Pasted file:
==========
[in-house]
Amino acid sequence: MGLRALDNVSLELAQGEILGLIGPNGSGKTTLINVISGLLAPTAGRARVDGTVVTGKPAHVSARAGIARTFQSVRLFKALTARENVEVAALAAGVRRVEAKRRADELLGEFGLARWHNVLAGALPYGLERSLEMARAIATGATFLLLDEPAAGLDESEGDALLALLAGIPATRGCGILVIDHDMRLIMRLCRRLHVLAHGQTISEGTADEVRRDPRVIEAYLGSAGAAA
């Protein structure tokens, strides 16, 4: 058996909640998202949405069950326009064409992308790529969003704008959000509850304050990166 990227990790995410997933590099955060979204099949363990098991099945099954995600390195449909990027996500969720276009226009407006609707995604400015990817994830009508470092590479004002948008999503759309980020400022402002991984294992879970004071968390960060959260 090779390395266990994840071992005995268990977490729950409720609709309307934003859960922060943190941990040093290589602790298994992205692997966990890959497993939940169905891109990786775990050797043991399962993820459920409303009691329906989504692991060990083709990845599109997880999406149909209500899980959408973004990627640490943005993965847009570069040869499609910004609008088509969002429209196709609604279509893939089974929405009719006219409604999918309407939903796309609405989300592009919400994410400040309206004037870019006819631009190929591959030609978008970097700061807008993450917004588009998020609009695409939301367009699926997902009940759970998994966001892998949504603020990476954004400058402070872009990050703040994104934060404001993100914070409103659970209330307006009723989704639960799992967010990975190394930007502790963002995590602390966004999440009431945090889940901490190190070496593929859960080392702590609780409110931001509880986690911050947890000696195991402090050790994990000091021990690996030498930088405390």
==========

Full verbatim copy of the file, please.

[in-house]
Amino acid sequence: MGLRALDNVSLELAQGEILGLIGPNGSGKTTLINVISGLLAPTAGRARVDGTVVTGKPAHVSARAGIARTFQSVRLFKALTARENVEVAALAAGVRRVEAKRRADELLGEFGLARWHNVLAGALPYGLERSLEMARAIATGATFLLLDEPAAGLDESEGDALLALLAGIPATRGCGILVIDHDMRLIMRLCRRLHVLAHGQTISEGTADEVRRDPRVIEAYLGSAGAAA
């Protein structure tokens, strides 16, 4: 058996909640998202949405069950326009064409992308790529969003704008959000509850304050990166 990227990790995410997933590099955060979204099949363990098991099945099954995600390195449909990027996500969720276009226009407006609707995604400015990817994830009508470092590479004002948008999503759309980020400022402002991984294992879970004071968390960060959260 090779390395266990994840071992005995268990977490729950409720609709309307934003859960922060943190941990040093290589602790298994992205692997966990890959497993939940169905891109990786775990050797043991399962993820459920409303009691329906989504692991060990083709990845599109997880999406149909209500899980959408973004990627640490943005993965847009570069040869499609910004609008088509969002429209196709609604279509893939089974929405009719006219409604999918309407939903796309609405989300592009919400994410400040309206004037870019006819631009190929591959030609978008970097700061807008993450917004588009998020609009695409939301367009699926997902009940759970998994966001892998949504603020990476954004400058402070872009990050703040994104934060404001993100914070409103659970209330307006009723989704639960799992967010990975190394930007502790963002995590602390966004999440009431945090889940901490190190070496593929859960080392702590609780409110931001509880986690911050947890000696195991402090050790994990000091021990690996030498930088405390």